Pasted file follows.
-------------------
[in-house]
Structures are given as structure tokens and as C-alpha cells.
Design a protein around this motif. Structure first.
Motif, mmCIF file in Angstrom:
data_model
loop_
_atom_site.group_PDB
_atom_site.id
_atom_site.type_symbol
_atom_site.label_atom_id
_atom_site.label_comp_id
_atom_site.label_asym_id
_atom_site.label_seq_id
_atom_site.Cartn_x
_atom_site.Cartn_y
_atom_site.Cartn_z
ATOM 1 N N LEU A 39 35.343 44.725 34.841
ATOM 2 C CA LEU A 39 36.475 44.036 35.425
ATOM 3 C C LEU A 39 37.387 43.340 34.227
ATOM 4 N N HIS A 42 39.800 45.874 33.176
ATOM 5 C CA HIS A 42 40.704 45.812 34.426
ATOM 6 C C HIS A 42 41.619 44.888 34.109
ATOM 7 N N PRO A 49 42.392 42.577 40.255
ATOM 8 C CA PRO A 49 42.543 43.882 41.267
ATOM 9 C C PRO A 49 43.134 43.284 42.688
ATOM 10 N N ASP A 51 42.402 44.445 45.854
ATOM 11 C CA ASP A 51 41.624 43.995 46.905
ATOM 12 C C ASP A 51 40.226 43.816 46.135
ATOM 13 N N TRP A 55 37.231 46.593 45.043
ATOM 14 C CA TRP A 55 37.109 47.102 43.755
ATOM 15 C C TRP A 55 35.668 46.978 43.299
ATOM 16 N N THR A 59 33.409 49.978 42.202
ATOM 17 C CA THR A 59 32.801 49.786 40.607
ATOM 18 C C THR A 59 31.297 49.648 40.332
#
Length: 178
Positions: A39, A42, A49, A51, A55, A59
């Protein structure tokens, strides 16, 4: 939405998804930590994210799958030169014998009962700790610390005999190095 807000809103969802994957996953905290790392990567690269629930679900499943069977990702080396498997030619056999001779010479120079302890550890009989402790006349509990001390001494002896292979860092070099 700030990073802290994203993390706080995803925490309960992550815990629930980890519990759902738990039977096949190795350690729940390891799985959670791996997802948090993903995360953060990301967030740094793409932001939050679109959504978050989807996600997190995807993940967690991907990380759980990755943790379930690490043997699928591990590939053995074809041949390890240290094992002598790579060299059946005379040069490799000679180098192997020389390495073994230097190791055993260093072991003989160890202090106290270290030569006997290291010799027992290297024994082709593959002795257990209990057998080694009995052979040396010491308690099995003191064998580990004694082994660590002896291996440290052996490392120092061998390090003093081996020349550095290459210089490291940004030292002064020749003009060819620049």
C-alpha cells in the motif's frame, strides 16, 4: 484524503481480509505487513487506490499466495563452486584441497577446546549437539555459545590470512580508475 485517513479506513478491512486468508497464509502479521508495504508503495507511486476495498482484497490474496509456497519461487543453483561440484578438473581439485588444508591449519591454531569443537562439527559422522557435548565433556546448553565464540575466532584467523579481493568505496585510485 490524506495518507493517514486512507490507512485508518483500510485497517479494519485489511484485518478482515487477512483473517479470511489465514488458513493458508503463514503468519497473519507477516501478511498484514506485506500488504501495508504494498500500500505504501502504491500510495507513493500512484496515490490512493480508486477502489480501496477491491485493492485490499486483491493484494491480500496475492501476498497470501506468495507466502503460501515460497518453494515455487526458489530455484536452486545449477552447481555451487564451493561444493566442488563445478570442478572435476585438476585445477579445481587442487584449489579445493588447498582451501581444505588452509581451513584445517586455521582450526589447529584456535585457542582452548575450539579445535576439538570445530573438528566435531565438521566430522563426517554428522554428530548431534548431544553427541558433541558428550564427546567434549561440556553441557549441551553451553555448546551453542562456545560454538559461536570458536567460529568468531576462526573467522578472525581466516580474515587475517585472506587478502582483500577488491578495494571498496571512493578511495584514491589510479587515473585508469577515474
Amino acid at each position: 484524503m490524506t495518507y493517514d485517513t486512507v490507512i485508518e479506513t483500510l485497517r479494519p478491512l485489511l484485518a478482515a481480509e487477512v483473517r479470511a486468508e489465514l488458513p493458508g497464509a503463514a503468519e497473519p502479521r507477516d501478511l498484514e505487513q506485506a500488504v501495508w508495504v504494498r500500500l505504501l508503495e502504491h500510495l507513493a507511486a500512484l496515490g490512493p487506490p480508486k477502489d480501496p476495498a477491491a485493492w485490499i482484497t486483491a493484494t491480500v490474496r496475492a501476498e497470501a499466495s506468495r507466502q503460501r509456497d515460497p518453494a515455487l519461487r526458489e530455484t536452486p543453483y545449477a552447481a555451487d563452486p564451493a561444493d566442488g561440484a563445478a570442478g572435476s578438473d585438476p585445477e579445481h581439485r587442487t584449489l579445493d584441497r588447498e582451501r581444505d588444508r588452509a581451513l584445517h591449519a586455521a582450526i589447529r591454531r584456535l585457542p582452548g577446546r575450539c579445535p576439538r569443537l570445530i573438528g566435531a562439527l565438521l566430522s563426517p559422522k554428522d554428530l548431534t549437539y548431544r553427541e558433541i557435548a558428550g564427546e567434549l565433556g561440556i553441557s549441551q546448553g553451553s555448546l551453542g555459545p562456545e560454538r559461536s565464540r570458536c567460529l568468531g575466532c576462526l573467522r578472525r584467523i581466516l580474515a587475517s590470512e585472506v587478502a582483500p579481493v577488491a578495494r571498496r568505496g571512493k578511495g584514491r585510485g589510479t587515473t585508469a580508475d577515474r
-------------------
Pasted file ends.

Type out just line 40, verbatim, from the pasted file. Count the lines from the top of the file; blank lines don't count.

Amino acid at each position: 484524503m490524506t495518507y493517514d485517513t486512507v490507512i485508518e479506513t483500510l485497517r479494519p478491512l485489511l484485518a478482515a481480509e487477512v483473517r479470511a486468508e489465514l488458513p493458508g497464509a503463514a503468519e497473519p502479521r507477516d501478511l498484514e505487513q506485506a500488504v501495508w508495504v504494498r500500500l505504501l508503495e502504491h500510495l507513493a507511486a500512484l496515490g490512493p487506490p480508486k477502489d480501496p476495498a477491491a485493492w485490499i482484497t486483491a493484494t491480500v490474496r496475492a501476498e497470501a499466495s506468495r507466502q503460501r509456497d515460497p518453494a515455487l519461487r526458489e530455484t536452486p543453483y545449477a552447481a555451487d563452486p564451493a561444493d566442488g561440484a563445478a570442478g572435476s578438473d585438476p585445477e579445481h581439485r587442487t584449489l579445493d584441497r588447498e582451501r581444505d588444508r588452509a581451513l584445517h591449519a586455521a582450526i589447529r591454531r584456535l585457542p582452548g577446546r575450539c579445535p576439538r569443537l570445530i573438528g566435531a562439527l565438521l566430522s563426517p559422522k554428522d554428530l548431534t549437539y548431544r553427541e558433541i557435548a558428550g564427546e567434549l565433556g561440556i553441557s549441551q546448553g553451553s555448546l551453542g555459545p562456545e560454538r559461536s565464540r570458536c567460529l568468531g575466532c576462526l573467522r578472525r584467523i581466516l580474515a587475517s590470512e585472506v587478502a582483500p579481493v577488491a578495494r571498496r568505496g571512493k578511495g584514491r585510485g589510479t587515473t585508469a580508475d577515474r